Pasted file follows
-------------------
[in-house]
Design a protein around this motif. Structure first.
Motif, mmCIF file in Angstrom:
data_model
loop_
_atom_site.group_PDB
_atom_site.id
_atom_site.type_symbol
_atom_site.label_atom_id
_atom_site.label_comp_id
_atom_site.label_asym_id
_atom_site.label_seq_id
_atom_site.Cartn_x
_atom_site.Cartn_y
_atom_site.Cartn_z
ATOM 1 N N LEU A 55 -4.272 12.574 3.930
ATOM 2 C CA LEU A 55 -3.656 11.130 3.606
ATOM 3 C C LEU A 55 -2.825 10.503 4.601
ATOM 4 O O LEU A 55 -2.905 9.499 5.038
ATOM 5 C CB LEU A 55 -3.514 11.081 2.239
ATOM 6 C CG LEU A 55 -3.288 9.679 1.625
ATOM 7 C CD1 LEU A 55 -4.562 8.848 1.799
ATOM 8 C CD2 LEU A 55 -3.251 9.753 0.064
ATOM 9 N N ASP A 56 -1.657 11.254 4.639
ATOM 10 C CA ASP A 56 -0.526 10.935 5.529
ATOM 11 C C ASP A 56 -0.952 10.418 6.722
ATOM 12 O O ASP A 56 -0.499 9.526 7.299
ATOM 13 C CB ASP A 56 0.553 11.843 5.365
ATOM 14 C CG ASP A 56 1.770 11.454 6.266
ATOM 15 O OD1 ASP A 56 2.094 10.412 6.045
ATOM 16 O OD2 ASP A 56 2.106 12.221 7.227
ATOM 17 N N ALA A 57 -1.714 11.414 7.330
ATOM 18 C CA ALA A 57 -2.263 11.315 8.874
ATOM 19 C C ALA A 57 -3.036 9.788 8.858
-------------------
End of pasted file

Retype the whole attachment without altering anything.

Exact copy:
[in-house]
Design a protein around this motif. Structure first.
Motif, mmCIF file in Angstrom:
data_model
loop_
_atom_site.group_PDB
_atom_site.id
_atom_site.type_symbol
_atom_site.label_atom_id
_atom_site.label_comp_id
_atom_site.label_asym_id
_atom_site.label_seq_id
_atom_site.Cartn_x
_atom_site.Cartn_y
_atom_site.Cartn_z
ATOM 1 N N LEU A 55 -4.272 12.574 3.930
ATOM 2 C CA LEU A 55 -3.656 11.130 3.606
ATOM 3 C C LEU A 55 -2.825 10.503 4.601
ATOM 4 O O LEU A 55 -2.905 9.499 5.038
ATOM 5 C CB LEU A 55 -3.514 11.081 2.239
ATOM 6 C CG LEU A 55 -3.288 9.679 1.625
ATOM 7 C CD1 LEU A 55 -4.562 8.848 1.799
ATOM 8 C CD2 LEU A 55 -3.251 9.753 0.064
ATOM 9 N N ASP A 56 -1.657 11.254 4.639
ATOM 10 C CA ASP A 56 -0.526 10.935 5.529
ATOM 11 C C ASP A 56 -0.952 10.418 6.722
ATOM 12 O O ASP A 56 -0.499 9.526 7.299
ATOM 13 C CB ASP A 56 0.553 11.843 5.365
ATOM 14 C CG ASP A 56 1.770 11.454 6.266
ATOM 15 O OD1 ASP A 56 2.094 10.412 6.045
ATOM 16 O OD2 ASP A 56 2.106 12.221 7.227
ATOM 17 N N ALA A 57 -1.714 11.414 7.330
ATOM 18 C CA ALA A 57 -2.263 11.315 8.874
ATOM 19 C C ALA A 57 -3.036 9.788 8.858